Two mothers who lost their children in side-underride crashes with tractor-trailers broke down after witnessing a crash test for trailer guards that revealed such technology could have saved their children’s lives.
Organized by the Insurance Institute for Highway Safety (IIHS), the crash tests showed how metal guards running alongside the bottom of trailers can effectively prevent cars and other smaller passenger vehicles from being sheared off at the top when striking a tractor-trailer from the side.
For Marianne Karth and Lois Durso, the tests results were bittersweet. Ms. Karth told Washington D.C.’s WUSA Channel 9 that she felt “thankful and excited” to see how the side underride guards mitigate crashes. “But there’s still that pain and that frustration that it wasn’t done before.”
Ms. Karth’s daughters AnnaLeah, 17, and Mary, 13, were killed in 2013 when a crash involving two tractor-trailers pushed the Ford Crown Victoria they were riding in into the side of one of the trucks. Both teens died soon after from their extensive crash injuries.
Ms. Durso lost her 26-year-old daughter Roya Sadigh in 2005 when the car she was riding in with her fiancé spun out of control and hit a tractor-trailer on its side. The car slid under the heavy truck, which ran over the trapped vehicle with its back wheels.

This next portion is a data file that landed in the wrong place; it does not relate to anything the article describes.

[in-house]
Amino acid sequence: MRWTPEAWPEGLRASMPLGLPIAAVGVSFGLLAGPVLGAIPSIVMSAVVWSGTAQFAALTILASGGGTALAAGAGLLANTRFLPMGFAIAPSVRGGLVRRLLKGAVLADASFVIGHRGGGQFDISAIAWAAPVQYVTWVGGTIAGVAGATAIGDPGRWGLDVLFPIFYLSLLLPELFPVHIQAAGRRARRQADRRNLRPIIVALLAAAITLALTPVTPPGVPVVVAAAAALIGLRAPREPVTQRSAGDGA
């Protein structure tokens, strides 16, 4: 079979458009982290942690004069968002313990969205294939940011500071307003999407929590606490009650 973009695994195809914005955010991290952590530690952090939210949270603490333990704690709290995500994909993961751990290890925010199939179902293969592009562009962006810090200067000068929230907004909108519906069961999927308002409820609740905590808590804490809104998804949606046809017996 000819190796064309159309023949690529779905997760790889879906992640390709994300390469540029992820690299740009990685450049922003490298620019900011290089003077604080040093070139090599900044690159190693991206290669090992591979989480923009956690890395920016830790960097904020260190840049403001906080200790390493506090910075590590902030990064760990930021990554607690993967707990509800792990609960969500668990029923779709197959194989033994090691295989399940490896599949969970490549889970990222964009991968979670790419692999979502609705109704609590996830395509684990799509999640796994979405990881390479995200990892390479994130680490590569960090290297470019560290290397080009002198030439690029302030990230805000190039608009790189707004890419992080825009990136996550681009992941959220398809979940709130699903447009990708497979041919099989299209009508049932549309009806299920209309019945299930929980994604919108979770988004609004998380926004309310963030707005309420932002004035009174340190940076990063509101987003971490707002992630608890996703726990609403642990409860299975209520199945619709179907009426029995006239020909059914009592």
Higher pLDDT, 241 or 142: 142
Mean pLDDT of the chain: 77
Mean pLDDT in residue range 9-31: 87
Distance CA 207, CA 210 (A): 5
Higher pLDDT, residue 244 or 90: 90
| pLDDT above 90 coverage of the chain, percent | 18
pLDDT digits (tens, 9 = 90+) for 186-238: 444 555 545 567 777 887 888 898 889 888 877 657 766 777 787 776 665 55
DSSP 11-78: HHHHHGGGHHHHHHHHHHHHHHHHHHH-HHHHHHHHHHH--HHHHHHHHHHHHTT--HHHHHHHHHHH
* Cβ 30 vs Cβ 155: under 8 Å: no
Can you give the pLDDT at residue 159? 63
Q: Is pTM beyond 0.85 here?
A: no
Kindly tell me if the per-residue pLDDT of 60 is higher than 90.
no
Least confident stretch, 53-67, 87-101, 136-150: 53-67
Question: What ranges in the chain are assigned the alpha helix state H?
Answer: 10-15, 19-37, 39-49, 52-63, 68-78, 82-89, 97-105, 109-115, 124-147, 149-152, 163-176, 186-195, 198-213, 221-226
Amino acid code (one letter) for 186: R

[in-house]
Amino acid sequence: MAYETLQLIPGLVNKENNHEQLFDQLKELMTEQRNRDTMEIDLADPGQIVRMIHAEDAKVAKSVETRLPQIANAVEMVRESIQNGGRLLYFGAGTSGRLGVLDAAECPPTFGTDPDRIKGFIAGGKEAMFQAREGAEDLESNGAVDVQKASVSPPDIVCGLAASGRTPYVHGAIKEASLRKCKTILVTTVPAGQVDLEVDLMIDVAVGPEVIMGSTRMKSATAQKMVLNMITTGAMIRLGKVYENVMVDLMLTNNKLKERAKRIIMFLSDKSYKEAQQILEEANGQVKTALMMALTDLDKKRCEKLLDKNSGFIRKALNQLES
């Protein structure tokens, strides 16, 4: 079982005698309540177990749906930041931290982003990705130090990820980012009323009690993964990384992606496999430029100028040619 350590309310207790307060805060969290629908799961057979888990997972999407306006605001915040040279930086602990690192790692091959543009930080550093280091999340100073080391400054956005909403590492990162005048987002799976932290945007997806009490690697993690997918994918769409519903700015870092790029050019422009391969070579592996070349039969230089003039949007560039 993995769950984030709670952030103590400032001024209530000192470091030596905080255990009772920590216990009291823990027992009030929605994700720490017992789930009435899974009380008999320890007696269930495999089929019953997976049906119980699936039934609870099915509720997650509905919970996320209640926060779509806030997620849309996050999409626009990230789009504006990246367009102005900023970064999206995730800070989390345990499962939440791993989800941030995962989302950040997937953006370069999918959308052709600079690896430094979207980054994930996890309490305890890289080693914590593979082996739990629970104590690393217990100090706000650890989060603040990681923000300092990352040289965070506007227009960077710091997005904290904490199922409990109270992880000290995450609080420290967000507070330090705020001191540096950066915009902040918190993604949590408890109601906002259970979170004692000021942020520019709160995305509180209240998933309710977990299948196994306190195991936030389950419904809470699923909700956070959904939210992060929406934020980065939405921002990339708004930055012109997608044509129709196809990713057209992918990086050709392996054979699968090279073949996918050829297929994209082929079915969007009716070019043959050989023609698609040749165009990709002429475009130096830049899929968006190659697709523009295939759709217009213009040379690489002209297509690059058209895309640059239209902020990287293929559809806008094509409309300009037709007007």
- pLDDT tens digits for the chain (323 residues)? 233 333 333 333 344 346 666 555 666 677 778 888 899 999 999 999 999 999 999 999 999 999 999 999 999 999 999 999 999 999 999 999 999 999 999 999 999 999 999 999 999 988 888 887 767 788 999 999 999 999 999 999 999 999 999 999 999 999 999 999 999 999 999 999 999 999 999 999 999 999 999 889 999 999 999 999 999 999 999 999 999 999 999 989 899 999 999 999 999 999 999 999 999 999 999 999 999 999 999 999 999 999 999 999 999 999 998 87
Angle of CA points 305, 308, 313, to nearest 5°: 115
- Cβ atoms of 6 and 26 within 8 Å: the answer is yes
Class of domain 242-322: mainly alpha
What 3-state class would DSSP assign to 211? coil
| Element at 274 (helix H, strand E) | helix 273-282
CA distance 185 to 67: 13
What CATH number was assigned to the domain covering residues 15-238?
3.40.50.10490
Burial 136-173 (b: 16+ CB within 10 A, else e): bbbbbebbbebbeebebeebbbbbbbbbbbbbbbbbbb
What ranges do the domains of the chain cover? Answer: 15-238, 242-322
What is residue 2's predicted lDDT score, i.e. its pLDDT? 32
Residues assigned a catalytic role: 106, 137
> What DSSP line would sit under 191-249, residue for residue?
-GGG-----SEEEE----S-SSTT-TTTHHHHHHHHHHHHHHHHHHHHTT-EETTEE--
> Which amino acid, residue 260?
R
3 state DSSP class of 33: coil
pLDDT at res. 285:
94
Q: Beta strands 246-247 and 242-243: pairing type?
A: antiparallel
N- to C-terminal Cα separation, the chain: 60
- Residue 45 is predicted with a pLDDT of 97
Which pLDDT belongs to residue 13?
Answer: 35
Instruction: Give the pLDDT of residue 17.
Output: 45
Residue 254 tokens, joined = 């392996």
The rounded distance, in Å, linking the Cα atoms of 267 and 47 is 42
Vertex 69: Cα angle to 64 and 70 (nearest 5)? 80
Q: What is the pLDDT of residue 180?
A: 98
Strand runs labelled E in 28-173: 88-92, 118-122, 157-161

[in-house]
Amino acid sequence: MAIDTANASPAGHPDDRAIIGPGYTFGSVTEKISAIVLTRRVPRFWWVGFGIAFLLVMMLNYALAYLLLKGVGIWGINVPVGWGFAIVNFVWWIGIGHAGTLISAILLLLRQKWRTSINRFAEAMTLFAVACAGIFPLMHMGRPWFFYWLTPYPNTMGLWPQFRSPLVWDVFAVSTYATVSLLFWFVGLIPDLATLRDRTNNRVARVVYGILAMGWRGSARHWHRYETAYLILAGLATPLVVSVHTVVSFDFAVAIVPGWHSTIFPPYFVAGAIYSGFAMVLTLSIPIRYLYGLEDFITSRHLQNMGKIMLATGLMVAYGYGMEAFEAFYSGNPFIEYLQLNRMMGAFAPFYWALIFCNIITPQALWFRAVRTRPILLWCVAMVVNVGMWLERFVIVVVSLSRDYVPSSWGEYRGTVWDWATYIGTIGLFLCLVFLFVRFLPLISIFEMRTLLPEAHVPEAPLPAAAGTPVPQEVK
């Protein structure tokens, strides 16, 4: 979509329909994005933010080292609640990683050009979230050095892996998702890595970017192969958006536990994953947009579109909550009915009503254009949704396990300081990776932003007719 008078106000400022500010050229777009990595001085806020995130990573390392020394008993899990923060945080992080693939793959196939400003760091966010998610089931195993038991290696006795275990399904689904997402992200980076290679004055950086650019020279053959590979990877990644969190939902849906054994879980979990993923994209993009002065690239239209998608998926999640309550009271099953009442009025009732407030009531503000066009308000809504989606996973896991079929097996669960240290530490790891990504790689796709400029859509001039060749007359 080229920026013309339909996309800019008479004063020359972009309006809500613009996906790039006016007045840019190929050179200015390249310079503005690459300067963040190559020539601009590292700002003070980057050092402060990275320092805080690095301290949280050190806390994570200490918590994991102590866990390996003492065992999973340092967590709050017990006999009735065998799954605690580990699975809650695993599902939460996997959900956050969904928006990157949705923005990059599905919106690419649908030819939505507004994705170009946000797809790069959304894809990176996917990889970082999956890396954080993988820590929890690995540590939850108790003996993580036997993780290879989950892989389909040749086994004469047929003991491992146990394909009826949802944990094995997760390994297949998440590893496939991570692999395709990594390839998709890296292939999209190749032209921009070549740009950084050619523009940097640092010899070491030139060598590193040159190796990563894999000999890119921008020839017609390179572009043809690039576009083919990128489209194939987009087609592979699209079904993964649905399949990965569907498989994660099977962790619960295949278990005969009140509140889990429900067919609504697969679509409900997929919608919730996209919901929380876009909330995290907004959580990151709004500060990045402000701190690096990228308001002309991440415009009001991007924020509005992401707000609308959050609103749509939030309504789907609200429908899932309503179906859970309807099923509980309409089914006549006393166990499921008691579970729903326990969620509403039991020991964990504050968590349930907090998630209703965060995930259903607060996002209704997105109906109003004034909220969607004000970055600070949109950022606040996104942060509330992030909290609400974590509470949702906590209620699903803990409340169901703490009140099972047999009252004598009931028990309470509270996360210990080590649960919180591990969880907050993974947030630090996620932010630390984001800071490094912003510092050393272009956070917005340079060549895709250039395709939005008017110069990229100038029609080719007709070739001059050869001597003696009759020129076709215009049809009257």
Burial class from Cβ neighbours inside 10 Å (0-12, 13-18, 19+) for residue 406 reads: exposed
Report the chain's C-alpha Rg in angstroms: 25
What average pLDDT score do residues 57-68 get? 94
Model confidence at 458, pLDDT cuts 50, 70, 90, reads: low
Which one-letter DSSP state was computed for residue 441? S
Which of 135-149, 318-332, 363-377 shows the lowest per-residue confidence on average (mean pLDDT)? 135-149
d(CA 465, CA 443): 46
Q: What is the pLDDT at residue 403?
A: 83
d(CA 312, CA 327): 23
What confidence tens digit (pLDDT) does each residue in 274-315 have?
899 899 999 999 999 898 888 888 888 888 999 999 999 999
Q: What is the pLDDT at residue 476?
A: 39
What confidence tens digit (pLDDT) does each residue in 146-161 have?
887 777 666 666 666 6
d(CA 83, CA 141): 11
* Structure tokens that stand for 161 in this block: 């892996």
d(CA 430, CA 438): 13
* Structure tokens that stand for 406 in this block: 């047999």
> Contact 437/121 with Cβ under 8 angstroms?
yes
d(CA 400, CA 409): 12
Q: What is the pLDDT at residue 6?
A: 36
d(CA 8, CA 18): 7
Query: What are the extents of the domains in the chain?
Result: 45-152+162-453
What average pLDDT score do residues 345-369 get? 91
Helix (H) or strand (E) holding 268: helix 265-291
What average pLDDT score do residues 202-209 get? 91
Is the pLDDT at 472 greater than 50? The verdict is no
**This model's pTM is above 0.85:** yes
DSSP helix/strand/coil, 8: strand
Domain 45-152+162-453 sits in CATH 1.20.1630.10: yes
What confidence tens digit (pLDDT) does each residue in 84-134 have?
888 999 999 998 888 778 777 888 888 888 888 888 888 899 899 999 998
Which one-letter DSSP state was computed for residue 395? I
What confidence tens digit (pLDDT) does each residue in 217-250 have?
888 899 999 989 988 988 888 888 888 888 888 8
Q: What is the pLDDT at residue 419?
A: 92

A year later, when visiting Europe with her younger daughter, Ms. Durso peered out a bus window and noticed all the trucks passing by were equipped with side-underride guards.
Upon returning home, she and Ms. Karth began lobbying legislators on Capitol Hill for laws that would require side guards and stronger rear guards on all tractor trailers. Preventing side-underride crashes alone would save more than 200 people per year, federal highway traffic safety statistics show.
The crash test the bereaved mothers watched involved side guards known as “angel wings” that are made by a company called Air Flow Deflector.
Although the tests are promising, don’t expect to see the guards appear on tractor trailers anytime soon. The trucking industry is pushing back against efforts to mandate the guards, saying they would add extra weight, which would lead to lighter loads, more trucks on the roads making deliveries, and more crashes.
The Insurance Institute for Highway Safety disagrees, maintaining there is no evidence to show that side-underride guards would lead to an increase commercial trucking activity.